Descriptive and Injunctive Norms and Contraceptive Use among Women in Urban Nigeria
Marc Boulay, Johns Hopkins University
Lucy Hebert, Johns Hopkins Bloomberg School of Public Health
Saad Abdulmumin, Johns Hopkins University
Gwendolyn Morgan, African Population and Health Research Center (APHRC)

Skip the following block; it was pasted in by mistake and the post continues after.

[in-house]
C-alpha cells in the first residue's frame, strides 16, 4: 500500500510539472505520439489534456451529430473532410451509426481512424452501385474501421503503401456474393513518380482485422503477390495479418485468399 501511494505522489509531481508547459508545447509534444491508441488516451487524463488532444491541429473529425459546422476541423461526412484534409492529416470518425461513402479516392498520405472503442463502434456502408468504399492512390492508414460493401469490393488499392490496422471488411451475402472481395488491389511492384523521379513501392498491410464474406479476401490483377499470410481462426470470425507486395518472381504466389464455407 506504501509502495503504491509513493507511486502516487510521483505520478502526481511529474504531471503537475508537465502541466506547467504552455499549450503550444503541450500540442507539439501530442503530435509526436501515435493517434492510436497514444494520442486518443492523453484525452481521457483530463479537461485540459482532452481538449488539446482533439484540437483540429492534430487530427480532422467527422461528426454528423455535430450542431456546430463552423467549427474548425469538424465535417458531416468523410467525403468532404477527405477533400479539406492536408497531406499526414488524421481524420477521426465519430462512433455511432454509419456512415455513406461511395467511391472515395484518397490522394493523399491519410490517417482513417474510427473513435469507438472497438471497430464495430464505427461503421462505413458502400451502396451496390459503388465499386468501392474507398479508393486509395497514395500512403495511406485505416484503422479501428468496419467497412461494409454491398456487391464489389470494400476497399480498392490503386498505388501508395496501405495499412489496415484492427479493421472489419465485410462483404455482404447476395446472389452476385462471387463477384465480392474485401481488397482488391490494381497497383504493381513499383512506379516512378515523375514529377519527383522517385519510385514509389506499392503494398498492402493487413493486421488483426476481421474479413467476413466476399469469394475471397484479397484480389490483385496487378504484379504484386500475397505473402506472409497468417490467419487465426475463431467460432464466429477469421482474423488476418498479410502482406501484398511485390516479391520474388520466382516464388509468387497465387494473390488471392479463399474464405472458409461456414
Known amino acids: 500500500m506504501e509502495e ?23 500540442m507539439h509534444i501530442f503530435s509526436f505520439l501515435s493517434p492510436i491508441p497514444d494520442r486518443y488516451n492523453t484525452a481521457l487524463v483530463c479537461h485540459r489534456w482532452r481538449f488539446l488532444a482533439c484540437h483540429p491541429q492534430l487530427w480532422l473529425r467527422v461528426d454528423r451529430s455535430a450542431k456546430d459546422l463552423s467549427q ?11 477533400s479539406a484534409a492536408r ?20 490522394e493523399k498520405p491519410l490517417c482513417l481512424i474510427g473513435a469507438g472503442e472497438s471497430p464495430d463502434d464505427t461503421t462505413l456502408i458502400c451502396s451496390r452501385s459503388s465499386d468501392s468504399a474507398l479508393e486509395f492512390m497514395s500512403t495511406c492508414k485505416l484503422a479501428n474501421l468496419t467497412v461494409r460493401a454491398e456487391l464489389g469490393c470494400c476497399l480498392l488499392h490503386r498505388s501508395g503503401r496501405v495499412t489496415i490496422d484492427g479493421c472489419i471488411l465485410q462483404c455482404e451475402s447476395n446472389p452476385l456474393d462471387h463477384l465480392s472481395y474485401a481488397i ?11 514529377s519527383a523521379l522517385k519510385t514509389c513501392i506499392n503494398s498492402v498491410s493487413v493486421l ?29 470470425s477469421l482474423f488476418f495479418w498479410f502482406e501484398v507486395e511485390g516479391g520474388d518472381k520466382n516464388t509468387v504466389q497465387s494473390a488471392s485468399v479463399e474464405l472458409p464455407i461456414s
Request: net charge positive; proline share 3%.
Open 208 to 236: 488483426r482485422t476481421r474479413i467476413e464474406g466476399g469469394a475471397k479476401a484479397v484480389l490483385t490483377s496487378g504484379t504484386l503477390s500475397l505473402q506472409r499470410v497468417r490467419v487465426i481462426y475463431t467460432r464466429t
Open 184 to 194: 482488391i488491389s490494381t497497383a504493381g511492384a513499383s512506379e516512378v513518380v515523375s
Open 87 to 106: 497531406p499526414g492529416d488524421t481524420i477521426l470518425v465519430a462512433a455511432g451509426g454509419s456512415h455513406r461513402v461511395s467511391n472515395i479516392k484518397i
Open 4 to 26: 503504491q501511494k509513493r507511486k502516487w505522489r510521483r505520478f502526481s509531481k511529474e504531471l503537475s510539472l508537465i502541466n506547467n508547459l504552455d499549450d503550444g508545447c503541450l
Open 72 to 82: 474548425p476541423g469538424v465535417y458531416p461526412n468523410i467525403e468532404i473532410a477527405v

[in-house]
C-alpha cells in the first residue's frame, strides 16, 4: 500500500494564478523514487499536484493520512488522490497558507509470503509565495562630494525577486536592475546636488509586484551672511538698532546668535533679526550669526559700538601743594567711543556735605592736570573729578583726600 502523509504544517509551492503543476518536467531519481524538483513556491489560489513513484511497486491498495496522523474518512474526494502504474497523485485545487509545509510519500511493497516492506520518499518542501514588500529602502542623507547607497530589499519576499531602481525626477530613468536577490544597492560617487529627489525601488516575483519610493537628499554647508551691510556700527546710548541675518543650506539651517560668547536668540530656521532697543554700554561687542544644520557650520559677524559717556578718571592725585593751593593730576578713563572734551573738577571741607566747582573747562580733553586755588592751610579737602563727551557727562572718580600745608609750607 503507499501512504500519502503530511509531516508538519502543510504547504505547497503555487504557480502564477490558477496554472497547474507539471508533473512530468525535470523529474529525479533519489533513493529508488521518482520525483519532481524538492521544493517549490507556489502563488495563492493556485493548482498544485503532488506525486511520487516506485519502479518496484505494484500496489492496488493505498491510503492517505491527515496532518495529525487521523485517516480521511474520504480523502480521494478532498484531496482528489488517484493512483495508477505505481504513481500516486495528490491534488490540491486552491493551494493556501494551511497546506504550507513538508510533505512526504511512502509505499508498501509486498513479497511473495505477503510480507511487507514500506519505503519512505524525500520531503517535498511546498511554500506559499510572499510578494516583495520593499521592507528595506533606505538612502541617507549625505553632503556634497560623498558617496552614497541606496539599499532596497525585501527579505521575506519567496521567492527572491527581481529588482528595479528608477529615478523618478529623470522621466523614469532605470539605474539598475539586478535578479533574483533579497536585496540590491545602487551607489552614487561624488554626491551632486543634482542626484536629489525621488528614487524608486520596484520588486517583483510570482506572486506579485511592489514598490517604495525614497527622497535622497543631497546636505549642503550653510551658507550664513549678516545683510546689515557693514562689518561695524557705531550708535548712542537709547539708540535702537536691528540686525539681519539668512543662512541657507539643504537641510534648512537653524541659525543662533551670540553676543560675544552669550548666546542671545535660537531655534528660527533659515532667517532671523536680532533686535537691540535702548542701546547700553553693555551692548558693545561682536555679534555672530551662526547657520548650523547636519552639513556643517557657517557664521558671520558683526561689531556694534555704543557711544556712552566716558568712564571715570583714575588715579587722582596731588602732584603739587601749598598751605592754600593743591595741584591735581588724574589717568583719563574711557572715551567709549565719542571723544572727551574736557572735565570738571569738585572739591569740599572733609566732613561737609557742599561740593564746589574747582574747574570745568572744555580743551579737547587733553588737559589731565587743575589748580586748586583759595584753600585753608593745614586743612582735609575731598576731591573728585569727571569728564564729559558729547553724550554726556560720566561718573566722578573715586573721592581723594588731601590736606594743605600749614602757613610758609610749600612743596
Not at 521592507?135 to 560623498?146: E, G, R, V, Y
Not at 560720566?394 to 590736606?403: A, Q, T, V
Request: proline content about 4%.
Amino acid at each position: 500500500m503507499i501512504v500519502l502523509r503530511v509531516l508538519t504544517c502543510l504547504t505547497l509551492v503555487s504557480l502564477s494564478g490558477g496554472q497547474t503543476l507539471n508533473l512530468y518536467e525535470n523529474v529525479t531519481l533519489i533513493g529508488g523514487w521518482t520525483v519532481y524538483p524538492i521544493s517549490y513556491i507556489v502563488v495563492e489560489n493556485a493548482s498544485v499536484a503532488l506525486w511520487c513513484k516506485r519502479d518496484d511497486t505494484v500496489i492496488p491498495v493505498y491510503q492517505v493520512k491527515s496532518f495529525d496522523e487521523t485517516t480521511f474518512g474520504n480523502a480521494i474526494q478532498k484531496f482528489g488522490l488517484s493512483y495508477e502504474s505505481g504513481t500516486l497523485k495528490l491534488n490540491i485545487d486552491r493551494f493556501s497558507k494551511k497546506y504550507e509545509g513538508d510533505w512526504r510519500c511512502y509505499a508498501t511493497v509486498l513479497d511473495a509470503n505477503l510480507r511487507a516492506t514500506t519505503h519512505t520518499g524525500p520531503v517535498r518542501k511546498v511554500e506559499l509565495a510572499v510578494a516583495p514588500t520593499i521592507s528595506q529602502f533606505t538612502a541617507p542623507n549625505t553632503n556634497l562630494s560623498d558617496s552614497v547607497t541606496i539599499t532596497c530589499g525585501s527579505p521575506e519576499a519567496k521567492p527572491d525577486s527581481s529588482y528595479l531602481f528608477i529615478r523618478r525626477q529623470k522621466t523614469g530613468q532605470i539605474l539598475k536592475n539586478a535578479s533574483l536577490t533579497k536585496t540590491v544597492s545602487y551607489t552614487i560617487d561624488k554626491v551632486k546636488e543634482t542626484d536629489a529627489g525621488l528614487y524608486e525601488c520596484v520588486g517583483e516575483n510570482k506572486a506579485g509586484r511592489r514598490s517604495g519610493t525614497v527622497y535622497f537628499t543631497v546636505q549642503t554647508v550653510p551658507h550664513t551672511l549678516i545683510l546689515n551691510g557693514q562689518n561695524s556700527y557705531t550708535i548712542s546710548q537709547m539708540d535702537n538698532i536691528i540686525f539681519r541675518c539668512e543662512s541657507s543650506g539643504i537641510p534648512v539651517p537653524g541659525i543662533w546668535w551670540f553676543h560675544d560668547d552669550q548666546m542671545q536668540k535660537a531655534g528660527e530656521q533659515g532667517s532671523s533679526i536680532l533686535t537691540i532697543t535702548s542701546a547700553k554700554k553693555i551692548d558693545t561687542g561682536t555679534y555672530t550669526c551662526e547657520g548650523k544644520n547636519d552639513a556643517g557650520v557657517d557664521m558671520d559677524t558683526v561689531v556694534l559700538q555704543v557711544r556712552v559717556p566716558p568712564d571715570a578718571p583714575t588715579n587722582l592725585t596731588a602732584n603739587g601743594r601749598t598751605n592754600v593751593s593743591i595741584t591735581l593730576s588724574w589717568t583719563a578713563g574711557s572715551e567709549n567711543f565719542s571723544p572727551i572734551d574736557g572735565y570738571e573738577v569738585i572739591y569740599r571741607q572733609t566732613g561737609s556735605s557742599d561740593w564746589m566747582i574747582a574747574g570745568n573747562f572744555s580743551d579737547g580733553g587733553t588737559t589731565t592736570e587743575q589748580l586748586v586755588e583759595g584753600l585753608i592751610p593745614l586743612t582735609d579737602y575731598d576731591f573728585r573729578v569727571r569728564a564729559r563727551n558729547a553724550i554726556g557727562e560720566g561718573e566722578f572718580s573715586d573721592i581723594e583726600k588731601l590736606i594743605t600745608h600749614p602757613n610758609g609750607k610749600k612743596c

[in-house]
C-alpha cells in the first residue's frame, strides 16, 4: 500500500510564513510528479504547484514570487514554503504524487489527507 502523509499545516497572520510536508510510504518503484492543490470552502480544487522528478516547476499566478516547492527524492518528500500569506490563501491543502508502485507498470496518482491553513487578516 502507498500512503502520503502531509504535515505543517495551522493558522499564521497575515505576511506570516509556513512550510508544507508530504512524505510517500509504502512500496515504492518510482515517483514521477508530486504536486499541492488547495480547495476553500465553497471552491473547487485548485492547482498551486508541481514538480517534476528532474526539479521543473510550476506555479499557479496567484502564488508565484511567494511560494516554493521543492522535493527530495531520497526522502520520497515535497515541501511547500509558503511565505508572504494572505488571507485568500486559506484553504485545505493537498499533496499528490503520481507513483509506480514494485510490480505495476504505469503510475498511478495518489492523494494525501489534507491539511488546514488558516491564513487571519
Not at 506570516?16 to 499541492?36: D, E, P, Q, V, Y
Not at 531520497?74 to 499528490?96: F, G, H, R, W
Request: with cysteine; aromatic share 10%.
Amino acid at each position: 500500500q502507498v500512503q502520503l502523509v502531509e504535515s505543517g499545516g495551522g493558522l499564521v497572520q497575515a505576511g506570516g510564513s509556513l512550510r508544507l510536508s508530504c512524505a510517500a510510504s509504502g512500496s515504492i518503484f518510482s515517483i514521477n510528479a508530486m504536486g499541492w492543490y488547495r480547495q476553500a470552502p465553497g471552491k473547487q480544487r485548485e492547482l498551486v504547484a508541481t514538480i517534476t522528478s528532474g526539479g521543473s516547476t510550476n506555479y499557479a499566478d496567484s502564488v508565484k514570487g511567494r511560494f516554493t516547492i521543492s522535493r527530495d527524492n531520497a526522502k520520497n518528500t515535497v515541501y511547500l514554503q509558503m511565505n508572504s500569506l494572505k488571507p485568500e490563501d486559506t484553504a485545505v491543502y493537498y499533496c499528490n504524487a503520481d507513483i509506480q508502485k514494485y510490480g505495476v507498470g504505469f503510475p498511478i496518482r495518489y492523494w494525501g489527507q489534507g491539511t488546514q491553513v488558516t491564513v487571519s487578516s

Social norms have long been recognized as an influential factor in women’s use of contraceptive methods. Understanding the relationship between descriptive and injunctive social norms on contraceptive use may inform programmatic activities to increase contraceptive use in urban Nigeria. Using data from the NURHI 2011 baseline survey, we examined the interaction between descriptive norms describing the level of contraceptive use in a woman’s social network and injunctive norms describing perceptions of family planning approval in the household, the community, and among community leaders. Women embedded within social networks with high levels of contraceptive use appear not to be influenced by perceptions of family planning approval in their household, community or among community leaders. In contrast, these injunctive norms appear to exert a strong positive influence on contraceptive use among women embedded in social networks in which descriptive norms are unfavorable to contraceptive use.